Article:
MLB: Bryce Harper and the Other Biggest Contracts in Baseball History

It’s a good time to be an elite baseball player. Three of the biggest contracts in baseball history in terms of total dollars were signed early in 2019. While it’s usually dominant pitchers drawing top yearly sums (see Zac Greinke’s 2015 deal earning him $34.4 million per year), the lengthy contracts this year are for field players.

Manny Machado, Nolan Arenado, and Bryce Harper all signed nine-figure deals, but where do they rank among the biggest contracts in baseball history?

6. Miguel Cabrera hopes to stay healthy

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Miguel Cabrera’s eight-year, $248 million deal with the Tigers in 2016 was actually an extension of his 2008 contract. With two years and $44 million left, Detroit wanted to lock him up. The extension takes him to the age of 40 and averages $31 million per year.

Cabrera has suffered from injuries late in his career. In 2017, back problems took their toll. In June 2018, he suffered a biceps tendon rupture in his left arm that knocked him out for the season. But considering he was, at the time, the greatest hitter in the game having won the AL MVP award the two previous years, we can’t fault the Tigers for shelling out big bucks.

5. Arenado remains in Colorado

The Rockies locked up their franchise third baseman for a few more years with his 8-year $260 million extension before the 2019 season. The soon-to-be 28-year-old was a second-round pick for the Rockies in 2009, and they didn’t want to lose him.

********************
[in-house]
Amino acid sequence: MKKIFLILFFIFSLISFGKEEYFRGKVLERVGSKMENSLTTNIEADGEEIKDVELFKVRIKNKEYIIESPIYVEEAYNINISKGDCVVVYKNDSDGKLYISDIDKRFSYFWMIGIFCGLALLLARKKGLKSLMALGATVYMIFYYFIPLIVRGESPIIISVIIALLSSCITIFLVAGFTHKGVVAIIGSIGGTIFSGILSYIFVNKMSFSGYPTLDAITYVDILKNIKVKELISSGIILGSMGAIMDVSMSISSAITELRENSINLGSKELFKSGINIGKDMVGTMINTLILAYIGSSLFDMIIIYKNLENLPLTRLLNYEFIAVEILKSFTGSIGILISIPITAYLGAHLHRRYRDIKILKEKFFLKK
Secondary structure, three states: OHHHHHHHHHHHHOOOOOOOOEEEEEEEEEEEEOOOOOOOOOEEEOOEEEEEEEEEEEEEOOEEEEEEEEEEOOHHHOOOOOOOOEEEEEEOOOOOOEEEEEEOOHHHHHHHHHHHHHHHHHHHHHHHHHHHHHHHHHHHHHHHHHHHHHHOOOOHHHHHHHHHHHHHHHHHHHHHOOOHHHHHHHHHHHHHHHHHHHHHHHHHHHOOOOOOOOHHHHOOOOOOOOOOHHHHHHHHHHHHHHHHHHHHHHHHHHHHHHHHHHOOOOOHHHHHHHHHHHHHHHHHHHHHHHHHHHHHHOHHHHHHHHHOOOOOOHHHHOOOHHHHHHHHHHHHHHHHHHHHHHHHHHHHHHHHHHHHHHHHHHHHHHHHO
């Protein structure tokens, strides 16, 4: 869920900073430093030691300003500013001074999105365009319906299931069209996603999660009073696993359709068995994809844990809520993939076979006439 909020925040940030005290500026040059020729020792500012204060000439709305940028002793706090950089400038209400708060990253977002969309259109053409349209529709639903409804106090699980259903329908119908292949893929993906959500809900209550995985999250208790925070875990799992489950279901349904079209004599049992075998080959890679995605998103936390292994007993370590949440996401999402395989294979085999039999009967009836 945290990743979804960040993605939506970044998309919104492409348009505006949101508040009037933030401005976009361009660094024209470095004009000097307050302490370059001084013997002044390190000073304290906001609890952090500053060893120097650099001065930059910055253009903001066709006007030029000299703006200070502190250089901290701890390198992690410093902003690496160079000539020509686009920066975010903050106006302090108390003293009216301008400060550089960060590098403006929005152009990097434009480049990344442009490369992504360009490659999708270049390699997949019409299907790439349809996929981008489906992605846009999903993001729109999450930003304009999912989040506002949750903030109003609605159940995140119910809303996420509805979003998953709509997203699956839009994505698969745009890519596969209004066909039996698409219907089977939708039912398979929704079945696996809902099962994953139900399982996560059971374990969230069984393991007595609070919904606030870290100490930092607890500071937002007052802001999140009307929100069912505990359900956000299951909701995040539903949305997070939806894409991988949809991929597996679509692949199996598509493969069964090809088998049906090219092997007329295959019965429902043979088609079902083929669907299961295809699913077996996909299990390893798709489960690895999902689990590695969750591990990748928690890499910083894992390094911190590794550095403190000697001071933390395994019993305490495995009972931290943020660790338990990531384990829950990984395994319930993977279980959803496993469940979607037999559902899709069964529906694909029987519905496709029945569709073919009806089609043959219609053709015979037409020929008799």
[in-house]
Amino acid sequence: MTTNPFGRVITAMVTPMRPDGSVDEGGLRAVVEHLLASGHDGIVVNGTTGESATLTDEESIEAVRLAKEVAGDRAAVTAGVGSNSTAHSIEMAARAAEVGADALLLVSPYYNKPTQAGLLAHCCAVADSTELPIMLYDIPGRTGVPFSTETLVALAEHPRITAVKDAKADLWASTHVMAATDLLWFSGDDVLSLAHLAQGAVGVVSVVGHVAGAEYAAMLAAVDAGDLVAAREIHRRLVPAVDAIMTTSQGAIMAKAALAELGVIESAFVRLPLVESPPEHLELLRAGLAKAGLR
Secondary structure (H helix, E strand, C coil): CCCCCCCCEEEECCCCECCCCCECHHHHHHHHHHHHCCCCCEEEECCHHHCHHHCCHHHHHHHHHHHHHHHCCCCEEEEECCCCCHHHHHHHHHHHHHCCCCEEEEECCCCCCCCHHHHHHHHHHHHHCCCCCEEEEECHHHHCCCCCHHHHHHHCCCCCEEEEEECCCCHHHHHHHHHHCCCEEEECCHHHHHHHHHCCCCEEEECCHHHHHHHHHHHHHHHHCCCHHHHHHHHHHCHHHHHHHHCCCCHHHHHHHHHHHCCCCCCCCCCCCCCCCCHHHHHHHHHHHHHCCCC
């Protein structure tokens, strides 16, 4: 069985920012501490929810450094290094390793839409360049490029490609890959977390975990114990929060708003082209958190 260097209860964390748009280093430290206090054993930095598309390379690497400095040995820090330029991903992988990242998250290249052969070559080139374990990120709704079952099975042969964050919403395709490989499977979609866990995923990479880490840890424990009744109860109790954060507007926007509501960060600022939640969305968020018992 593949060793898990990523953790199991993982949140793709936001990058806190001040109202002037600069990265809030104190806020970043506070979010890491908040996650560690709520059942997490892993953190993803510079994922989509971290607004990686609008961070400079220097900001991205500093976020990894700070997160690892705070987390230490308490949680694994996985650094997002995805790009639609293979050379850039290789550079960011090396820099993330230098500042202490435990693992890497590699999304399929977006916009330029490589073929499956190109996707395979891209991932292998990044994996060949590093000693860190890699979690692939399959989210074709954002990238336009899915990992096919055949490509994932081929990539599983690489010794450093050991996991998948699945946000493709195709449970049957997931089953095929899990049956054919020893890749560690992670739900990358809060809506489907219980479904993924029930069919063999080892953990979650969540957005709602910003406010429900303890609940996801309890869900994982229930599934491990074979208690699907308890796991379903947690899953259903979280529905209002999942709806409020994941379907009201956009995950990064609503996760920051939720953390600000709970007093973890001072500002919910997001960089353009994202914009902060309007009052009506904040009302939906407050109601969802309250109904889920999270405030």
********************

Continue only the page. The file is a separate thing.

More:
Arenado is a four-time All-Star having earned six Gold Gloves and four Silver Sluggers during his six years in the majors. He could have gone the way of free agency, but it appears he wants to end his career with the Rockies.

4. Alex Rodriguez signed two high-earning contracts

A-Rod played in the majors for 22 seasons, and he earned three AL MVPs, 10 Silver Sluggers, two Gold Gloves, and14 trips to the All-Star game. He also signed two of the biggest contracts in baseball history.

The first was a $252 million contract from 2001-2010 with the Texas Rangers, and the other was $275 million deal from 2008-2017, according to Baseball Prospectus.

The third baseman sat out the 2014 season having been found guilty of violating the MLB performance enhancing drugs policy. Upon his return in 2015, he slotted into the Yankees designated hitter role, and he played with the through August 2017.

3. Manny Machado picked up by Padres

Manny Machado ranks third on our list of the biggest contracts in baseball history, but he’s No. 1 on another list. He received the largest contract the Padres have ever awarded at $300 million for 10 years.

Machado earned his way to the Big Leagues with a debut for the Orioles in 2012, starting at first base at 20 years old. He earned a spot on the AL All-Star team the following year and three more times after that. Machado has two Gold Gloves at third base, which is where the Padres almost surely intend to use him.

2. Giancarlo Stanton’s Marlins contract

There are a few things to factor into Giancarlo’s contract with the Marlins from 2014. At the time, he was 25. He had played his rookie year with the Marlins in 2010 at 20 years old, and he was the team’s primary right fielder.

Stanton progressed to be among the game’s best by November 2014. Despite being out after taking a pitch to the face, he netted his 13-year $325 million deal that remains one of the biggest contracts in baseball history. The contract contained a no-trade clause for Stanton which required his agreement for any trade deal. After vetoing potential trades to the Cardinals and Giants in 2017, the NL MVP agreed on a trade to the Yankees, where he plays today.

1. Bryce Harper signs with Phillies

It’s not only the largest MLB contract ever, but Harper signed the largest professional sports contract when he went to Philadelphia. The right fielder’s $25.3 million salary isn’t tops in baseball, but the 13-year contract with the Phillies garners the highest ever total contract. Not bad for a 26-year-old.

Harper racked up the accolades during his six seasons with the Nationals. He earned 2012 Rookie of the Year honors, and he was the unanimous NL MVP in 2015, being the youngest player to have earned the award at 23 years old.